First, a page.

# Schelling's segregation model

In this introductory example we demonstrate Agents.jl's architecture and features through building the following definition of Schelling's segregation model:

• Agents belong to one of two groups (0 or 1).
• The agents live in a two-dimensional Moore grid (8 neighbors per node).
• If an agent is in the same group with at least three neighbors, then it is happy.
• If an agent is unhappy, it keeps moving to new locations until it is happy.

Schelling's model shows that even small preferences of agents to have neighbors belonging to the same group (e.g. preferring that at least 30% of neighbors to be in the same group) could lead to total segregation of neighborhoods.

## Defining the agent type

using Agents, AgentsPlots

mutable struct SchellingAgent <: AbstractAgent
id::Int # The identifier number of the agent
pos::Tuple{Int,Int} # The x, y location of the agent on a 2D grid
mood::Bool # whether the agent is happy in its node. (true = happy)
group::Int # The group of the agent,  determines mood as it interacts with neighbors
end

Notice that the position of this Agent type is a Tuple{Int,Int} because we will use a GridSpace.

We added two more fields for this model, namely a mood field which will store true for a happy agent and false for an unhappy one, and an group field which stores 0 or 1 representing two groups.

## Creating a space

For this example, we will be using a Moore 2D grid, e.g.

space = GridSpace((10, 10), moore = true)
GridSpace with 100 nodes and 342 edges

## Creating an ABM

To make our model we follow the instructions of AgentBasedModel. We also want to include a property min_to_be_happy in our model, and so we have:

properties = Dict(:min_to_be_happy => 3)
schelling = ABM(SchellingAgent, space; properties = properties)
AgentBasedModel with 0 agents of type SchellingAgent
space: GridSpace with 100 nodes and 342 edges
scheduler: fastest
properties: Dict(:min_to_be_happy => 3)

Here we used the default scheduler (which is also the fastest one) to create the model. We could instead try to activate the agents according to their property :group, so that all agents of group 1 act first. We would then use the scheduler property_activation like so:

schelling2 = ABM(
SchellingAgent,
space;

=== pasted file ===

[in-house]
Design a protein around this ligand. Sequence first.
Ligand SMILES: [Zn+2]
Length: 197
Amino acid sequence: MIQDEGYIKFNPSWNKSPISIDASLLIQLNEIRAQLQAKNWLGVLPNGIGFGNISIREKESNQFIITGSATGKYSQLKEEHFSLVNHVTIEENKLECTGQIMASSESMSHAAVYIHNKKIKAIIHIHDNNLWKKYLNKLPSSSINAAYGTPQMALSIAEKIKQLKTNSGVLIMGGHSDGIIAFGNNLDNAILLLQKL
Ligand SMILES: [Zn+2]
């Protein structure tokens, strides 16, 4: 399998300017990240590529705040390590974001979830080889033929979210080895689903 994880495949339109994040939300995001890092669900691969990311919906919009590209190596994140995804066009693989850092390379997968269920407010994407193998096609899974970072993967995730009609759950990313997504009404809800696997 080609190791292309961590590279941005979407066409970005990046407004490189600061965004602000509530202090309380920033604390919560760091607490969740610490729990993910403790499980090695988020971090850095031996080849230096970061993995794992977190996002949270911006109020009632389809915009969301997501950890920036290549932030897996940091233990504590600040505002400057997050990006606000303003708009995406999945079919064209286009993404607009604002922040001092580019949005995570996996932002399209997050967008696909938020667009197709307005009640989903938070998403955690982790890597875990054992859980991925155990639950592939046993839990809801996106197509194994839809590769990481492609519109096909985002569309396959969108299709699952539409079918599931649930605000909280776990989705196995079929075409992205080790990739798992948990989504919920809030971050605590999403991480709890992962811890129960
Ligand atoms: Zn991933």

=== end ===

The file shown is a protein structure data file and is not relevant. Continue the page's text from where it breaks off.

properties = properties,
scheduler = property_activation(:group),
)
AgentBasedModel with 0 agents of type SchellingAgent
space: GridSpace with 100 nodes and 342 edges
scheduler: by_property
properties: Dict(:min_to_be_happy => 3)

Notice that property_activation accepts an argument and returns a function, which is why we didn't just give property_activation to scheduler.

## Creating the ABM through a function

Here we put the model instantiation in a function so that it will be easy to recreate the model and change its parameters.

In addition, inside this function, we populate the model with some agents. We also change the scheduler to random_activation. Because the function is defined based on keywords, it will be of further use in paramscan below.

function initialize(; numagents = 320, griddims = (20, 20), min_to_be_happy = 3)
space = GridSpace(griddims, moore = true)
properties = Dict(:min_to_be_happy => min_to_be_happy)
model =
ABM(SchellingAgent, space; properties = properties, scheduler = random_activation)
# populate the model with agents, adding equal amount of the two types of agents
# at random positions in the model
for n in 1:numagents
agent = SchellingAgent(n, (1, 1), false, n < numagents / 2 ? 1 : 2)
end
return model
end

Notice that the position that an agent is initialized does not matter in this example. This is because we use add_agent_single!, which places the agent in a random, empty location on the grid, thus updating its position.

## Defining a step function

Finally, we define a step function to determine what happens to an agent when activated.

function agent_step!(agent, model)
agent.mood == true && return # do nothing if already happy
minhappy = model.min_to_be_happy
neighbor_cells = node_neighbors(agent, model)
count_neighbors_same_group = 0